# Continuity Equation

The continuity equation for the solid-phase *i* can be written as

*e _{i}p_{i} = n_{i}m_{i}* is the mass of phase i per unit volume of mixture,

*e*is its solid volume fraction, and

_{i}*p*is density of phase i. Here у =< c

_{i}_{;}> is the mean velocity of the particle i. The instantaneous velocity c

_{;}is defined as the sum of the average velocity, v

_{;}, and peculiar velocity, С;,

c = v_{;} + С; with < C >= 0

# Momentum Equation

The momentum equation for phase i may be expressed as

# Fluctuating Energy Equation

The fluctuating energy equation for solid-phase i can be expressed as where

*0 _{i}* is the granular temperature or the fluctuating granular energy of the solid-phase I,

In the above governing equations, the relevant variables describing the flow field are the average velocities, the solid volume fractions, and the granular temperatures evaluated at location r of the center of the particle at time t.

# Kinetic Equation

The kinetic equations that characterize the flow of a multiphase system are

where *g _{ip}(r)* is the spatial-pair radial distribution function when the particles i and p are in contact. A solution of Eq. (2.87) near the equilibrium was obtained using the Chapman-Enskog method (Ferziger and Kaper 1972; Chapman and Cowling 1970),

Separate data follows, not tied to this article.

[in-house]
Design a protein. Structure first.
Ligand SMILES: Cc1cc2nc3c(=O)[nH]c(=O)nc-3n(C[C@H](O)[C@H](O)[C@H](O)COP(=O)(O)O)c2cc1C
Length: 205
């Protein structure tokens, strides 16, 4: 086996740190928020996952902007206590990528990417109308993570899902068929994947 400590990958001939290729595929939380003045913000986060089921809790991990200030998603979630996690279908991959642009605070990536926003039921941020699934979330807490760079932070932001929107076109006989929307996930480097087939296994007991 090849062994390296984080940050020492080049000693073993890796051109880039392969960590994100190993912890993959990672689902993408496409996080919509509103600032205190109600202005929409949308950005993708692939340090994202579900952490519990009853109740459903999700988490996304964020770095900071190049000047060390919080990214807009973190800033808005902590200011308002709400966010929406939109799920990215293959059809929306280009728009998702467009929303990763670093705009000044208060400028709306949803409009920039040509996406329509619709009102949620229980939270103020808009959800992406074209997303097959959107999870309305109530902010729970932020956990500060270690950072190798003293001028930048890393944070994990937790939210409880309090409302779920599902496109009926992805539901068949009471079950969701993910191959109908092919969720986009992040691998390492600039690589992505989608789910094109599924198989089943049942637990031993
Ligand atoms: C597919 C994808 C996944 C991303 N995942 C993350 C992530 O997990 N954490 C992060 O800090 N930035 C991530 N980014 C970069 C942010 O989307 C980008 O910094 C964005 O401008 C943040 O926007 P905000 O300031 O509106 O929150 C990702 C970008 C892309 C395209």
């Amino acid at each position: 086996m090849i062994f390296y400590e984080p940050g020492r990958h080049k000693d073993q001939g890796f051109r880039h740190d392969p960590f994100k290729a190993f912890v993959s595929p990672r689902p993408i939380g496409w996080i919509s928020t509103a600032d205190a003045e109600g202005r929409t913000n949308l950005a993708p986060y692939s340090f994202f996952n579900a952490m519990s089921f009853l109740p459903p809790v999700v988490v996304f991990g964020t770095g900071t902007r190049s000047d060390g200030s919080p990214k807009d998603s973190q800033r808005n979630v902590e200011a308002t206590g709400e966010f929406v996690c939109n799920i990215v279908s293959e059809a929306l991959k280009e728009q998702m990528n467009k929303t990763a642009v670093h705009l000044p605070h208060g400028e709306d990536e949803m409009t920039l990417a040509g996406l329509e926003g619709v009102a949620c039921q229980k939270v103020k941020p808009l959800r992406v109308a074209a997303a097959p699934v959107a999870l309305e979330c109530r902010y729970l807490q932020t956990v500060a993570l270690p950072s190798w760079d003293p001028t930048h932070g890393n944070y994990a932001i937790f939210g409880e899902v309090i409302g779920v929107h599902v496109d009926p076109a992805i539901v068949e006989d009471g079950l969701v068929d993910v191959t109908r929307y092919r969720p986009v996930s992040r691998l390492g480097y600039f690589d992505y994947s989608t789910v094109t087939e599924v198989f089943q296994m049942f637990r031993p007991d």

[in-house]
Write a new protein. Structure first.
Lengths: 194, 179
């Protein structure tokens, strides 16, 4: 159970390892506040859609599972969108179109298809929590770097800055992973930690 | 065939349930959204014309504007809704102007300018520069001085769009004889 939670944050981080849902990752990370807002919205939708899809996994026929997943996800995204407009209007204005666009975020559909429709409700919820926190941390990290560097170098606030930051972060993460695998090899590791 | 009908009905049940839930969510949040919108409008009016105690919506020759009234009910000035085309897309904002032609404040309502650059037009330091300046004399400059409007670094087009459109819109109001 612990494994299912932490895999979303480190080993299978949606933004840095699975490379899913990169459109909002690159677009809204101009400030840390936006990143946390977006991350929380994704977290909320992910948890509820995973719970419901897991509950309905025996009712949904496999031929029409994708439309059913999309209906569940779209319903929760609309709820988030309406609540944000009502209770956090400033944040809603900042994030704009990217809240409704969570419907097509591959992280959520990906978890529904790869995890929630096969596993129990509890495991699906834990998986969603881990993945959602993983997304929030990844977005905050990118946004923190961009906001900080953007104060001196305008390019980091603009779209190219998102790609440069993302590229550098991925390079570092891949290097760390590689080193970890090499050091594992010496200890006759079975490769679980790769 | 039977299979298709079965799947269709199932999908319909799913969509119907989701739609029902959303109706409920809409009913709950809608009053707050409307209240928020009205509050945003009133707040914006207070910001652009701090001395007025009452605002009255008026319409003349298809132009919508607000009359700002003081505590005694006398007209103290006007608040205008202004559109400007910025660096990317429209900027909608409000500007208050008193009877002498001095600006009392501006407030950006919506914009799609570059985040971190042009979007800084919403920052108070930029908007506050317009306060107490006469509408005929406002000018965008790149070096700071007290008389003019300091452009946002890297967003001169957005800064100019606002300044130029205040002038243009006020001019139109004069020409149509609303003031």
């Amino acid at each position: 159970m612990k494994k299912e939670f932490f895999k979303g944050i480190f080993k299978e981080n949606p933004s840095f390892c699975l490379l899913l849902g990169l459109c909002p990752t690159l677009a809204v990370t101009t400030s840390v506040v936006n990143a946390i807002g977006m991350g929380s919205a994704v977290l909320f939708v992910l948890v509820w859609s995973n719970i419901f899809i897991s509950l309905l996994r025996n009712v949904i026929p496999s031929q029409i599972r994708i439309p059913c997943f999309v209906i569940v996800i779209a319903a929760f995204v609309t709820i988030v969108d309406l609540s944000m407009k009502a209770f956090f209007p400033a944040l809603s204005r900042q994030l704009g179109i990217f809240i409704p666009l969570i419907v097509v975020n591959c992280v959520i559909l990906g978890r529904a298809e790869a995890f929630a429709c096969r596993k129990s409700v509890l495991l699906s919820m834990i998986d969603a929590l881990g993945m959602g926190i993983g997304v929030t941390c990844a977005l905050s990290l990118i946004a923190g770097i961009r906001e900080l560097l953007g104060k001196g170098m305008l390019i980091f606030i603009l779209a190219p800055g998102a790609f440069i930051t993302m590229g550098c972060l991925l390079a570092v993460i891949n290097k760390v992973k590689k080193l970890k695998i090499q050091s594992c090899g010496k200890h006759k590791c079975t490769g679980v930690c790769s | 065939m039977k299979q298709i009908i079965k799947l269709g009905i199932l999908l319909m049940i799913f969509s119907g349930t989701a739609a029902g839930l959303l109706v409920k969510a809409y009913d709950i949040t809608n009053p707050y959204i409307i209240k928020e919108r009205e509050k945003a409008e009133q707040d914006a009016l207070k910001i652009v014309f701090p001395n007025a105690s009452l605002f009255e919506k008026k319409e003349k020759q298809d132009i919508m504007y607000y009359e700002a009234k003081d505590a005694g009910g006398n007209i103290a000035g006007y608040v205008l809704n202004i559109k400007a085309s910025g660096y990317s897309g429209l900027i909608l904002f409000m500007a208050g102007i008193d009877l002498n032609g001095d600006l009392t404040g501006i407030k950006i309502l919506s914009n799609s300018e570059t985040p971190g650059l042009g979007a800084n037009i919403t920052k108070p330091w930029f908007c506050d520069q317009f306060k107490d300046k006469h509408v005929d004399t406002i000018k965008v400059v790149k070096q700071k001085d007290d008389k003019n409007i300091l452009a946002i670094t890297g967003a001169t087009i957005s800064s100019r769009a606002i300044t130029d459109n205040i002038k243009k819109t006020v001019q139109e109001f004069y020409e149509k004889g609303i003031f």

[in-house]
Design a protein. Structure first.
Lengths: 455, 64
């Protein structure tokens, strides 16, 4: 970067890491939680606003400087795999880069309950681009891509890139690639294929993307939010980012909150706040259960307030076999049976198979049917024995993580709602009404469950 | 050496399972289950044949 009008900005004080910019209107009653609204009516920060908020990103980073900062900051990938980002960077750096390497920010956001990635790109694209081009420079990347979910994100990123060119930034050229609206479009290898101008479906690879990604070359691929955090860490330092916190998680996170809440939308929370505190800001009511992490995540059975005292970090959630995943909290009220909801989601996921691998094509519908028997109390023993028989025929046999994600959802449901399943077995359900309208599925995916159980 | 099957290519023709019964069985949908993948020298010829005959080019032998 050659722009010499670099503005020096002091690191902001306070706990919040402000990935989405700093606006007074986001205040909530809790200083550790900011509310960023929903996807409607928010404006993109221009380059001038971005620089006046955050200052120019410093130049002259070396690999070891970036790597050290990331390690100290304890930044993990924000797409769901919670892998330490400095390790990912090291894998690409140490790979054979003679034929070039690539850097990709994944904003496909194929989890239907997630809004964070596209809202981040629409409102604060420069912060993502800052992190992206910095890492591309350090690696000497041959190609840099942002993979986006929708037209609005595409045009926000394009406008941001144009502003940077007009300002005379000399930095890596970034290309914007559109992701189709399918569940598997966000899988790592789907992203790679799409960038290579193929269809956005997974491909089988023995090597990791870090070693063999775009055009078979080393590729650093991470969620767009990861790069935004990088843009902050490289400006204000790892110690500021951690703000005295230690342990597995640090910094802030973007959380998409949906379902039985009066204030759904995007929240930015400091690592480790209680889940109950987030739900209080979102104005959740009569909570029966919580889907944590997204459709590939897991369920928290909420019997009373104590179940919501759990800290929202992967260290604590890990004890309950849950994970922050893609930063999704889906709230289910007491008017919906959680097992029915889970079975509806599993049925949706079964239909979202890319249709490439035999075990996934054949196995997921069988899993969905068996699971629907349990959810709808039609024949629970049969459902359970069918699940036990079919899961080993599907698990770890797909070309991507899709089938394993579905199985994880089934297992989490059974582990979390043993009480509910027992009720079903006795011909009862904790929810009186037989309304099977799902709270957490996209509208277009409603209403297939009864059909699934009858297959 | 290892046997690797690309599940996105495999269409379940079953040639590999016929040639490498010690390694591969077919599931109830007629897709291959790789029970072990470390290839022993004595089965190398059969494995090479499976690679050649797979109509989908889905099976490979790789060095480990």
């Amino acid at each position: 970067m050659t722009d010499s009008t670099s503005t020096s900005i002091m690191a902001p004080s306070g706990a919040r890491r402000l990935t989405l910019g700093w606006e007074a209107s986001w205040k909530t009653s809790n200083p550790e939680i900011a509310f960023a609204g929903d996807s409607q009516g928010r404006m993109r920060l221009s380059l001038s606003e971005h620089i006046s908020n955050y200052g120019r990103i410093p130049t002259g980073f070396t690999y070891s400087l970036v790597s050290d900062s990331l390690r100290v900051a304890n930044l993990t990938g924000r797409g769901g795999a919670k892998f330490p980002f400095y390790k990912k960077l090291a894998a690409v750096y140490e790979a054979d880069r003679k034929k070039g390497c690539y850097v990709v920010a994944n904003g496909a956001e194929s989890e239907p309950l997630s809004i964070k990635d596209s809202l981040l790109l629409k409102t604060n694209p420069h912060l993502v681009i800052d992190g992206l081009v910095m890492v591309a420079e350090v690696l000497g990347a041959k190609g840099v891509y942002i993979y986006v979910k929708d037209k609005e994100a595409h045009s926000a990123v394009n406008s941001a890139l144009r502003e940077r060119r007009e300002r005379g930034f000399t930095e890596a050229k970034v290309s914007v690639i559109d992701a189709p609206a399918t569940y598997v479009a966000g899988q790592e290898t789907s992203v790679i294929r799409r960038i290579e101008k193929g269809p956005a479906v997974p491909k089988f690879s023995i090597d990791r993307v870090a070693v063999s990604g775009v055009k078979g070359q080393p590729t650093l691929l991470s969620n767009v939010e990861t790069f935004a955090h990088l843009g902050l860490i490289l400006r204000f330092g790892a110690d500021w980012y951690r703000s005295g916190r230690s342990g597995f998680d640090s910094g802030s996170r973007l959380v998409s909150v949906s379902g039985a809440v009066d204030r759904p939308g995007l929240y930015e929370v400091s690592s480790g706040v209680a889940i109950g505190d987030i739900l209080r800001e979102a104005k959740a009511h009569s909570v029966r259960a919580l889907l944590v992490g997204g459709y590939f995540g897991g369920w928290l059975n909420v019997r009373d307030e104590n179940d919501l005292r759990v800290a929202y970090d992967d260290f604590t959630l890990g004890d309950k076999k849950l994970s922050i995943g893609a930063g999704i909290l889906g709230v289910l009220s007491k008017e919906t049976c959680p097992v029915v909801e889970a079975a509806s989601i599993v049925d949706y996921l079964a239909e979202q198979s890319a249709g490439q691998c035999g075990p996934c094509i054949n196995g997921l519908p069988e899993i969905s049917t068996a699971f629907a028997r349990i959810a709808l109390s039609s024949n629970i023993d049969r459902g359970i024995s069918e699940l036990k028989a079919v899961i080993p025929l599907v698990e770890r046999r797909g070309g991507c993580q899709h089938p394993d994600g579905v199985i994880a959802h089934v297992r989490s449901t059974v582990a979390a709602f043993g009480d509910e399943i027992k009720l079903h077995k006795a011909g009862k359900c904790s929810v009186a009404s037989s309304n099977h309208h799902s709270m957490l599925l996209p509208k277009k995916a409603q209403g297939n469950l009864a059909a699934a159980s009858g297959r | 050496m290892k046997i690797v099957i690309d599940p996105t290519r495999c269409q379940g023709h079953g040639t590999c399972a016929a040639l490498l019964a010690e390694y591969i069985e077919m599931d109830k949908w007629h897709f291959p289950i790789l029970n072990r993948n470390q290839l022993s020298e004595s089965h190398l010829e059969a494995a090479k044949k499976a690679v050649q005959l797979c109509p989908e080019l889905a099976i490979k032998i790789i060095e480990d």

where f^{0} is the Maxwellian velocity distribution

and ф is a perturbation to the Maxwellian velocity distribution. It is a linear function of the first derivative of *n _{i}, d_{i},* and

*v*

_{i}. Note that ф is function of the phase mean velocity, v

_{i}, and not the total flow velocity, because, as mentioned in the introduction, each kind of particle is treated as a separate phase and the interaction is at the interface. The radial distribution function

*g*describes a multisized mixture of hard spheres at contact. Iddir and Arastoopour (2005) modified the Lebowitz (1964) radial distribution function. This approach is in agreement with the results of molecular dynamics (MD) simulation obtained by Alder and Wainwright (1967) at both lower and higher solid volume fractions. This equation can be written as

_{ip}(e_{i}, e_{p})

The expression of *g _{pp}(e_{i}, e_{p})* is obtained by simply interchanging the indices i andp.

For a more detailed explanation for constitutive relation expressions for all solid phases, see Iddir and Arastoopour (2005).